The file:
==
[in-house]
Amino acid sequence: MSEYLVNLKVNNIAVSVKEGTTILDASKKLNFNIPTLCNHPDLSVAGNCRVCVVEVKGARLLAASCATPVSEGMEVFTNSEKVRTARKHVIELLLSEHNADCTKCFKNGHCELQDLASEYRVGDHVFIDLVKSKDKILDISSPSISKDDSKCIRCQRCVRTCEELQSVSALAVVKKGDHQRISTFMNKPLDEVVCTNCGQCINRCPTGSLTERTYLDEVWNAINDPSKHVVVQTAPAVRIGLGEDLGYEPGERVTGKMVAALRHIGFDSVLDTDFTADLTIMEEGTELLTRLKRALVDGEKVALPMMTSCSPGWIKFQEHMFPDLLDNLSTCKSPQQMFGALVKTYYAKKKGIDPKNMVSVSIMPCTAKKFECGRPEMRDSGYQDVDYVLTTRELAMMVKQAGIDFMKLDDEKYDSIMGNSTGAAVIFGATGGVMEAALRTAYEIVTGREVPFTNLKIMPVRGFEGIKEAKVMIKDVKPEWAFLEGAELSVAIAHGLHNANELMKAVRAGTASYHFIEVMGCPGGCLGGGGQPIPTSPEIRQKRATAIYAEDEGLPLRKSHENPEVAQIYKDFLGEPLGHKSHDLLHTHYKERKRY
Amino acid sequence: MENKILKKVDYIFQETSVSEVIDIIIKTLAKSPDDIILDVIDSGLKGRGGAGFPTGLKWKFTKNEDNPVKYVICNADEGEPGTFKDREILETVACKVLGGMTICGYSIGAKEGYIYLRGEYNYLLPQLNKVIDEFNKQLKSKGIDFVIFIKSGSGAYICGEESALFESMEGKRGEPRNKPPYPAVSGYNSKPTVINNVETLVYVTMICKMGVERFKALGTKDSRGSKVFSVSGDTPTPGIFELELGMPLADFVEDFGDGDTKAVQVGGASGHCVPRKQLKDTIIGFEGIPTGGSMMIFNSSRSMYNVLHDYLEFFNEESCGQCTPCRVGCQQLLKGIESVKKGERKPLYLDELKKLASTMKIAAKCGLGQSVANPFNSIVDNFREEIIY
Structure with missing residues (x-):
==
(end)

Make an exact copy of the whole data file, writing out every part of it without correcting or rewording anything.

[in-house]
Amino acid sequence: MSEYLVNLKVNNIAVSVKEGTTILDASKKLNFNIPTLCNHPDLSVAGNCRVCVVEVKGARLLAASCATPVSEGMEVFTNSEKVRTARKHVIELLLSEHNADCTKCFKNGHCELQDLASEYRVGDHVFIDLVKSKDKILDISSPSISKDDSKCIRCQRCVRTCEELQSVSALAVVKKGDHQRISTFMNKPLDEVVCTNCGQCINRCPTGSLTERTYLDEVWNAINDPSKHVVVQTAPAVRIGLGEDLGYEPGERVTGKMVAALRHIGFDSVLDTDFTADLTIMEEGTELLTRLKRALVDGEKVALPMMTSCSPGWIKFQEHMFPDLLDNLSTCKSPQQMFGALVKTYYAKKKGIDPKNMVSVSIMPCTAKKFECGRPEMRDSGYQDVDYVLTTRELAMMVKQAGIDFMKLDDEKYDSIMGNSTGAAVIFGATGGVMEAALRTAYEIVTGREVPFTNLKIMPVRGFEGIKEAKVMIKDVKPEWAFLEGAELSVAIAHGLHNANELMKAVRAGTASYHFIEVMGCPGGCLGGGGQPIPTSPEIRQKRATAIYAEDEGLPLRKSHENPEVAQIYKDFLGEPLGHKSHDLLHTHYKERKRY
Amino acid sequence: MENKILKKVDYIFQETSVSEVIDIIIKTLAKSPDDIILDVIDSGLKGRGGAGFPTGLKWKFTKNEDNPVKYVICNADEGEPGTFKDREILETVACKVLGGMTICGYSIGAKEGYIYLRGEYNYLLPQLNKVIDEFNKQLKSKGIDFVIFIKSGSGAYICGEESALFESMEGKRGEPRNKPPYPAVSGYNSKPTVINNVETLVYVTMICKMGVERFKALGTKDSRGSKVFSVSGDTPTPGIFELELGMPLADFVEDFGDGDTKAVQVGGASGHCVPRKQLKDTIIGFEGIPTGGSMMIFNSSRSMYNVLHDYLEFFNEESCGQCTPCRVGCQQLLKGIESVKKGERKPLYLDELKKLASTMKIAAKCGLGQSVANPFNSIVDNFREEIIY
Structure with missing residues (x-):